Philippines-Ukraine relations

[Rappler’s Best] Of wars and presidents

Glenda M. Gloria

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[Rappler’s Best] Of wars and presidents

TWO PRESIDENTS. Ukrainian President Volodymyr Zelenskyy delivers his opening remarks during a bilateral meeting with Philippine President Ferdinand Marcos Jr. at the Malacañang Palace on June 3, 2024.


Philippine President Ferdinand Marcos Jr. and Ukrainian President Volodymyr Zelenskyy 'share a common problem these days: China'

The president of a country that’s battling the second strongest military in the world – and which has seen at least 30,000 of its soldiers and 10,000 civilians killed – flew into Manila late Sunday night, June 2. He came from Singapore, where he attended Asia’s top security summit, the Shangri-La Dialogue.

When Rappler’s security and foreign affairs reporter Bea Cupin broke the story on the hush-hush trip of Ukraine President Volodymyr Zelenskyy last night, not a few asked why. After all, the war in Ukraine, while savage and causing a humanitarian catastrophe, is being fought nearly 6,000 miles away from the Philippines and has its most immediate impact on Europe. Surely President Ferdinand Marcos Jr. could not offer anything to Zelenskyy beyond a warm handshake?

But the two presidents share a common problem these days: China. 

Zelenskyy has been complaining about China’s supposed efforts to derail a Switzerland-initiated peace summit in the middle of June. In this chaotic global order, China is firmly allied with Ukraine’s invading force Russia. In May, Russia’s dictator Vladimir Putin, after winning yet another six-year term, paid a visit to Beijing, his second to the Chinese capital in two years. Just days before Putin deployed thousands of Russian soldiers and tanks to Ukraine in February 2022, he also flew to Beijing to meet with President Xi Jinping.

Xi and Putin are besties, while Marcos and Zelenskyy find themselves cursed with nasty neighbors whose firepower they cannot match. Thus, the visit to Manila of a president from a faraway land is symbolic of Western muscle in turbulent regional waters that, ironically, would need such muscle to keep the peace.

The battle-scarred Zelenskyy is learning the pros and perils of Western power the hard way. He’s had to navigate the internal squabbles of his Western allies to get the military aid that his country needs before it gets fully pulverized by Putin. US President Joe Biden, running in a tight presidential race, is not even certain to attend the peace summit. 

In the last few months, the Ukraine president has had to fight another type of battle with countries that have promised him help but which have been caught in their own debilitating fights over money and agenda. Marcos can learn a thing or two from him.

But what does the war in Ukraine mean for Filipinos? In February, Rappler’s senior multimedia producer JC Gotinga joined a team of reporters from the region who visited Ukraine.

  • If Russia wins the war, JC wrote in this piece, this would again embolden others to invade territories. The Philippines could very well relate to this as it is currently embroiled in a maritime dispute with China.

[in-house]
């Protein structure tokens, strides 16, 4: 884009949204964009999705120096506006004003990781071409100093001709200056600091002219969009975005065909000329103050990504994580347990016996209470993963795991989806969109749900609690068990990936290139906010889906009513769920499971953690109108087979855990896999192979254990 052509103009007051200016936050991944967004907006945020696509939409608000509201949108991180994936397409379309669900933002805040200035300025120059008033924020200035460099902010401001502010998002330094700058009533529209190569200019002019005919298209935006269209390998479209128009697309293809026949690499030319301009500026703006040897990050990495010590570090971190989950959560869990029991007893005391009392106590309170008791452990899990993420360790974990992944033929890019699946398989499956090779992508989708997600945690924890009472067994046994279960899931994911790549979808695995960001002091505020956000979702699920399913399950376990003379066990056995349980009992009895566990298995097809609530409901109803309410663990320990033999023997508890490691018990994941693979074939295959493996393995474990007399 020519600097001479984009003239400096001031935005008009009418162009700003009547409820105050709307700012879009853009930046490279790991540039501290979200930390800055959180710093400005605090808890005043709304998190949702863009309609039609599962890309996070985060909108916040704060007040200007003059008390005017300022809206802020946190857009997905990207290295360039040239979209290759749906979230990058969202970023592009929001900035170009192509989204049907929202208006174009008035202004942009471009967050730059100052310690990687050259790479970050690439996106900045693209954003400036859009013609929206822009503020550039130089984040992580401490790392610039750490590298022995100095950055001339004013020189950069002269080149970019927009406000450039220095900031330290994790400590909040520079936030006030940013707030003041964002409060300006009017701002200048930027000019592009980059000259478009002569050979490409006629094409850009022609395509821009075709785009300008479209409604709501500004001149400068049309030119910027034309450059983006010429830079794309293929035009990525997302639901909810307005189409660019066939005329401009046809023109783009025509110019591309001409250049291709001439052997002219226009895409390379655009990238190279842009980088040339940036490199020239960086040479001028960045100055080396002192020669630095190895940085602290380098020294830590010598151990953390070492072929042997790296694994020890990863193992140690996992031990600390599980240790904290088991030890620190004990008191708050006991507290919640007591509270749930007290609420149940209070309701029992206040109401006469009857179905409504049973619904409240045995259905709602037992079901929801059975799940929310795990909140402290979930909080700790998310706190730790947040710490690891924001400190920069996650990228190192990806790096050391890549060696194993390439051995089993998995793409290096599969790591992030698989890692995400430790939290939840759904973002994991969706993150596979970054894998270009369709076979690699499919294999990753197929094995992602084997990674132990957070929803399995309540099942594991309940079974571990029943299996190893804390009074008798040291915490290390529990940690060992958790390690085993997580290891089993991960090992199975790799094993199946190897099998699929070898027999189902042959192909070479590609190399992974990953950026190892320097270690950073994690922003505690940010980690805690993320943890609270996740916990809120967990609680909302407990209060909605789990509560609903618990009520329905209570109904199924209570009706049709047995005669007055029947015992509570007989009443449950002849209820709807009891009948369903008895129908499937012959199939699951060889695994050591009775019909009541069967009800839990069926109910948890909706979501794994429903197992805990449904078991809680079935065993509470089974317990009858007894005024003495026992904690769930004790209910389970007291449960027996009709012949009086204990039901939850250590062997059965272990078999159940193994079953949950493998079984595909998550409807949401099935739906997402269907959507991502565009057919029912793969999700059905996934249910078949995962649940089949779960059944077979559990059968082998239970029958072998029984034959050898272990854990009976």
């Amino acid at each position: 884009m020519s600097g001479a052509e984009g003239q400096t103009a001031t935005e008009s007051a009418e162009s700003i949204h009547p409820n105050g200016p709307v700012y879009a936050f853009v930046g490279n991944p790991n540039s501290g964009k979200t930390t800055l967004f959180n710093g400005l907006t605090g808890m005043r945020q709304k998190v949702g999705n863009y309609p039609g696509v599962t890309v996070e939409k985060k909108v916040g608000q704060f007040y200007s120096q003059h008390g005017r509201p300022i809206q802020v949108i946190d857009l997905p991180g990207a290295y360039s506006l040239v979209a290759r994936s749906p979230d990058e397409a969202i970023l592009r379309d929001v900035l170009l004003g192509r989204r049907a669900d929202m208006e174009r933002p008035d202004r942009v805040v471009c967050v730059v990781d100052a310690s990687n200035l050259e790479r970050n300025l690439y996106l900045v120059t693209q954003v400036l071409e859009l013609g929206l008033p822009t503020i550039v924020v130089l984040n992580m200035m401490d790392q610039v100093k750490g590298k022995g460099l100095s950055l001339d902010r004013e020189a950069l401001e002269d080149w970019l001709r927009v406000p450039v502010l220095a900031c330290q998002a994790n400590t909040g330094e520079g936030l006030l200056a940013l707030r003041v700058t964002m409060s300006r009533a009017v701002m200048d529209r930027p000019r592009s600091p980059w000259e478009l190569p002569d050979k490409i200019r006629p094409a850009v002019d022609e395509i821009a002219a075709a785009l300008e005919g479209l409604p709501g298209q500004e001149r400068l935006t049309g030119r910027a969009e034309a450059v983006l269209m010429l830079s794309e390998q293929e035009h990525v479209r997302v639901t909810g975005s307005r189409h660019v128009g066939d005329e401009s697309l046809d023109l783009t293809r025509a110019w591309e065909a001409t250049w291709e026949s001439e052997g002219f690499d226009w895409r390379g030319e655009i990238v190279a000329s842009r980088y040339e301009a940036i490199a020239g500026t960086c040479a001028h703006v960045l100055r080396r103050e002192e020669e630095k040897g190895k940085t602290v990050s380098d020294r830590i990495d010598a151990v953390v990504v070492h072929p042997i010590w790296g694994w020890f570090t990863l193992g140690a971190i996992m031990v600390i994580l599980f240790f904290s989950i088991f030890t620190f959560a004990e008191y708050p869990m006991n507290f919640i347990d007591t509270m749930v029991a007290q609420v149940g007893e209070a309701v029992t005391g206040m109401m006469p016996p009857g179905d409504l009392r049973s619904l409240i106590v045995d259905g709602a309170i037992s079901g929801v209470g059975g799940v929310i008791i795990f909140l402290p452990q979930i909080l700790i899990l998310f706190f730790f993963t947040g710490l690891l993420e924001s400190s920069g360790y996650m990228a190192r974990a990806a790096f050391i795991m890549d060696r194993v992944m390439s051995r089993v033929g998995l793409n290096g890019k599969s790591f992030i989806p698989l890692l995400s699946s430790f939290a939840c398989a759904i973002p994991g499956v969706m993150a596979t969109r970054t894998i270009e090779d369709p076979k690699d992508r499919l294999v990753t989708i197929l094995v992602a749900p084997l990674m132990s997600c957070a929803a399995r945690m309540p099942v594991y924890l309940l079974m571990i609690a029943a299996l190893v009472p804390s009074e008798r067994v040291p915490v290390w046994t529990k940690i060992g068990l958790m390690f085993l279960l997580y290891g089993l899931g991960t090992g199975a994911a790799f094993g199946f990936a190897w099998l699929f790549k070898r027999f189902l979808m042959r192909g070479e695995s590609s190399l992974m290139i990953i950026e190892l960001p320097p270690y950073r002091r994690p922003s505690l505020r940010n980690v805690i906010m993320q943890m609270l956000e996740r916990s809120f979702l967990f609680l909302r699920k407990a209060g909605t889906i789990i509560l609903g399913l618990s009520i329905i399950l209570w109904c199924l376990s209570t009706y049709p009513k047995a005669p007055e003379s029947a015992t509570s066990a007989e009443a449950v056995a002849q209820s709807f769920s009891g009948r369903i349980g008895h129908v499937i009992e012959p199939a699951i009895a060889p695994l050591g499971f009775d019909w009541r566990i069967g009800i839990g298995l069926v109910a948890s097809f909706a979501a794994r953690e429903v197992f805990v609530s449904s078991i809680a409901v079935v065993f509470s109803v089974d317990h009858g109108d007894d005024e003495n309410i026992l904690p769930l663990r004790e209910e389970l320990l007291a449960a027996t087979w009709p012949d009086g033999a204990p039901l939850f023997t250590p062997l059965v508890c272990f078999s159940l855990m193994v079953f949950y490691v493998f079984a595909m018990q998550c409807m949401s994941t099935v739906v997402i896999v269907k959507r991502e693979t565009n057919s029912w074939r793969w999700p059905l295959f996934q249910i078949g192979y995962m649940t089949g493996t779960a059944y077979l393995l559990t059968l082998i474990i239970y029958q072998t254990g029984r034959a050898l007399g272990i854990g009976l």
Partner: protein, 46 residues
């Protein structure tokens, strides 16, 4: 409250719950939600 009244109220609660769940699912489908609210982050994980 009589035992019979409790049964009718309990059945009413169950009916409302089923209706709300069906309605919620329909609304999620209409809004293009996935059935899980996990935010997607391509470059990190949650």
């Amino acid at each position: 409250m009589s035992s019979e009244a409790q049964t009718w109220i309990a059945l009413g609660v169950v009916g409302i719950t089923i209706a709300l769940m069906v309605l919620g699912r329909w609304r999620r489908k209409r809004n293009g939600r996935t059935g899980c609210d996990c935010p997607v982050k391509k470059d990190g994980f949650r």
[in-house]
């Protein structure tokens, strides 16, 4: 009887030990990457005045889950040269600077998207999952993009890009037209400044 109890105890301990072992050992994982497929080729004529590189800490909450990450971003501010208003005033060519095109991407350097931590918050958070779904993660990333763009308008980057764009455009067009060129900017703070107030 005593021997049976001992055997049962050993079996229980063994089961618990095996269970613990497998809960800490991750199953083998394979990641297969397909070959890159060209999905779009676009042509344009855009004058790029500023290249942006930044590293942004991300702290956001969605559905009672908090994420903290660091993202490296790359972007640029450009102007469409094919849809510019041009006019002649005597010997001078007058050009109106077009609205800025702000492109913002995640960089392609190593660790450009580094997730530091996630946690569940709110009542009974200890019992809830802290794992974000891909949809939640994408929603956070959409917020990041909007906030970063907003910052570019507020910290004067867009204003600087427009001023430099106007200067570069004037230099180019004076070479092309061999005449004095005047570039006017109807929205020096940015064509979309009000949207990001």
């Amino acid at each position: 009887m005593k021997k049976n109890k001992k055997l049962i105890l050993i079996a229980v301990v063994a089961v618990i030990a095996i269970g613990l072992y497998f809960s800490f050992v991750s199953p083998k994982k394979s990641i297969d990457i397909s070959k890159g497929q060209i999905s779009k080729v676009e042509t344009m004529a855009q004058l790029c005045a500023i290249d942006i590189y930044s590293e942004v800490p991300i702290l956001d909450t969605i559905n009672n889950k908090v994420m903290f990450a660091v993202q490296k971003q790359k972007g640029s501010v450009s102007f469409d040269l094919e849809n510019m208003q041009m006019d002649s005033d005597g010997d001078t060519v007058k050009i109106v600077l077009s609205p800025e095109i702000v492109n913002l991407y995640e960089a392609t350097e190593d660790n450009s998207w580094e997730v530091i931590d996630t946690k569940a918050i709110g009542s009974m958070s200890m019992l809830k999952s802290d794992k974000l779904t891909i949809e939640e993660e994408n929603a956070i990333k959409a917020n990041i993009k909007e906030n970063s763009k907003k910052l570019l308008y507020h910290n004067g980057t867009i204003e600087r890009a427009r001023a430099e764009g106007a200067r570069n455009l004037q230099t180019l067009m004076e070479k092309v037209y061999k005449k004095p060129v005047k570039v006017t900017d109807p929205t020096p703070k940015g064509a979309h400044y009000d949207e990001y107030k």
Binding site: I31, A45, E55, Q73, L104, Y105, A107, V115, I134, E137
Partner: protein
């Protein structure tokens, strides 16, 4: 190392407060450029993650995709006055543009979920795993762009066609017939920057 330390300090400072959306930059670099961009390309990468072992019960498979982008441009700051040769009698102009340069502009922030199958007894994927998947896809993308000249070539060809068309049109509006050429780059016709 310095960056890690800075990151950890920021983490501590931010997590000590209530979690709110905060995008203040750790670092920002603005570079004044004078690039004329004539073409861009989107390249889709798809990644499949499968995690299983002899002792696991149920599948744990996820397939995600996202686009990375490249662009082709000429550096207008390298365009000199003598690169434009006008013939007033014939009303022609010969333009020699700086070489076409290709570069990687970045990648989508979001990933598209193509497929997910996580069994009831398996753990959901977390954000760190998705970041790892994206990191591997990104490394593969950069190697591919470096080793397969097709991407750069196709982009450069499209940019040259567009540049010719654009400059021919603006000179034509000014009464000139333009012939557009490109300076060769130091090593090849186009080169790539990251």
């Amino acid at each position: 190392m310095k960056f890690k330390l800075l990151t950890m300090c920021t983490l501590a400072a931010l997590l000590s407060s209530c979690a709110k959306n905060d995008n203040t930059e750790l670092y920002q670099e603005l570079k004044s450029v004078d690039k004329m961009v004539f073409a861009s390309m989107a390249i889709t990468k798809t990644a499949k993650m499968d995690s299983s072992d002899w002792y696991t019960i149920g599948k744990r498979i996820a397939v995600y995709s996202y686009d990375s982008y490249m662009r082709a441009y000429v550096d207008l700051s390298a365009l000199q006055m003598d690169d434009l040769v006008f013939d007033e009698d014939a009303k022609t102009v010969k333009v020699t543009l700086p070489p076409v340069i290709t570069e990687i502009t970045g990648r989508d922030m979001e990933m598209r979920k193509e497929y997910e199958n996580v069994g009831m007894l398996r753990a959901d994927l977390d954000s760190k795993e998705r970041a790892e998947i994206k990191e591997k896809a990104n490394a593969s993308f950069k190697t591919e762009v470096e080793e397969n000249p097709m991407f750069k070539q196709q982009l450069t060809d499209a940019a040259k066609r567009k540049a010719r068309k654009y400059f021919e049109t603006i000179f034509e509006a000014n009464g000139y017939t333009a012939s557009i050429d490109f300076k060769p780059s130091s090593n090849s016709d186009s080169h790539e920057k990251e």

• In this story, JC walks us through the rubble and anguish of war.

War has dominated online and on-ground conversations around the world. If we needed any proof of these volatile times, the usually sedate Shangri-La Dialogue in Singapore offered another one: fireworks erupted over Taiwan, China, and the South China Sea.

China did not hold back at the forum, with one of its generals, the commandant of the Chinese military’s International College of Defense Studies, standing up to ask Marcos on Friday, May 31, about the Association of Southeast Asian Nations (ASEAN) and its commitment to regional peace.

  • Major General Xu Hu spoke for two minutes to lecture Marcos about the concept of centrality among ASEAN members before the moderator cut him short to allow the President to respond. Watch it here.
  • Marcos was also asked by another participant about a hypothetical scenario where a Filipino is killed in conflict with a foreign power. He said this would make Manila invoke its Mutual Defense Treaty with the US. Watch it here.
  • Quite buried in the acerbic language of the key speakers, especially that of the US and Chinese defense chiefs, is the fact that Marcos made history as the first Philippine leader to deliver a keynote at the Shangri-La Dialogue. In his speech on Friday, he once again denounced China’s “illegal, coercive” actions in the West Philippine Sea. 
  • Overall, however, Marcos tackled the importance of international law, the critical role of middle powers in regional stability, and ASEAN centrality. Read the full text here.

Retired Supreme Court senior justice Antonio Carpio, who’s been at the forefront of Manila’s legal battle with Beijing on the West Philippine Sea, noted that Marcos’ speech marked the “first time” for a Philippine president to state that the Philippine territory is defined by the 1898 Treaty of Paris “as clarified by the 1900 Treaty of Washington.”

“This is factually, legally, and historically correct,” Carpio said, adding that Marcos’ assertion “finally corrects the greatest misconception in Philippine history that Philippine territory is limited to the islands within the Paris Treaty lines.” –

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Glenda M. Gloria

Glenda Gloria co-founded Rappler in July 2011 and is currently its executive editor.